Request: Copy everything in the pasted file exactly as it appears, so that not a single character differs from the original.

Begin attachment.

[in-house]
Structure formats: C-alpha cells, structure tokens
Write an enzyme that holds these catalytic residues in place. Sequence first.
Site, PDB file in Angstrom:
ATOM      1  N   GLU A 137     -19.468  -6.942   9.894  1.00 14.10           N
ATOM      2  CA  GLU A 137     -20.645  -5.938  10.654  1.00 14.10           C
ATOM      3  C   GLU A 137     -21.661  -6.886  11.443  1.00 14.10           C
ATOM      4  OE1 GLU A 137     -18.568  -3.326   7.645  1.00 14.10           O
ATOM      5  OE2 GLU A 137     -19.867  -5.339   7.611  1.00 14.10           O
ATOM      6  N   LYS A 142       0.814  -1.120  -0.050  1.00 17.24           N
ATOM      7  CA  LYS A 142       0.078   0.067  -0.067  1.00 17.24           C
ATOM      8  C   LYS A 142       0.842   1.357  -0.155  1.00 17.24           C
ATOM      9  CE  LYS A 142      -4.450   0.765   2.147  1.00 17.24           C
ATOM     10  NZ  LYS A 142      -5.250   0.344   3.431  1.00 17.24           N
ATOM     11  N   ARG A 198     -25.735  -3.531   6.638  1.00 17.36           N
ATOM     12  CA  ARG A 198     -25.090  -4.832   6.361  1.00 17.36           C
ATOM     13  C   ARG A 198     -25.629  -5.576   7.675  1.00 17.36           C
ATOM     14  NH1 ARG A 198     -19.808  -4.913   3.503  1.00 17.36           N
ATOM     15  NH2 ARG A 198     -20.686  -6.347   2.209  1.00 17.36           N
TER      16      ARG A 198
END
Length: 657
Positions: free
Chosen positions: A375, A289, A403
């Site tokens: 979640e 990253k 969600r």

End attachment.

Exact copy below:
[in-house]
Structure formats: C-alpha cells, structure tokens
Write an enzyme that holds these catalytic residues in place. Sequence first.
Site, PDB file in Angstrom:
ATOM      1  N   GLU A 137     -19.468  -6.942   9.894  1.00 14.10           N
ATOM      2  CA  GLU A 137     -20.645  -5.938  10.654  1.00 14.10           C
ATOM      3  C   GLU A 137     -21.661  -6.886  11.443  1.00 14.10           C
ATOM      4  OE1 GLU A 137     -18.568  -3.326   7.645  1.00 14.10           O
ATOM      5  OE2 GLU A 137     -19.867  -5.339   7.611  1.00 14.10           O
ATOM      6  N   LYS A 142       0.814  -1.120  -0.050  1.00 17.24           N
ATOM      7  CA  LYS A 142       0.078   0.067  -0.067  1.00 17.24           C
ATOM      8  C   LYS A 142       0.842   1.357  -0.155  1.00 17.24           C
ATOM      9  CE  LYS A 142      -4.450   0.765   2.147  1.00 17.24           C
ATOM     10  NZ  LYS A 142      -5.250   0.344   3.431  1.00 17.24           N
ATOM     11  N   ARG A 198     -25.735  -3.531   6.638  1.00 17.36           N
ATOM     12  CA  ARG A 198     -25.090  -4.832   6.361  1.00 17.36           C
ATOM     13  C   ARG A 198     -25.629  -5.576   7.675  1.00 17.36           C
ATOM     14  NH1 ARG A 198     -19.808  -4.913   3.503  1.00 17.36           N
ATOM     15  NH2 ARG A 198     -20.686  -6.347   2.209  1.00 17.36           N
TER      16      ARG A 198
END
Length: 657
Positions: free
Chosen positions: A375, A289, A403
């Site tokens: 979640e 990253k 969600r």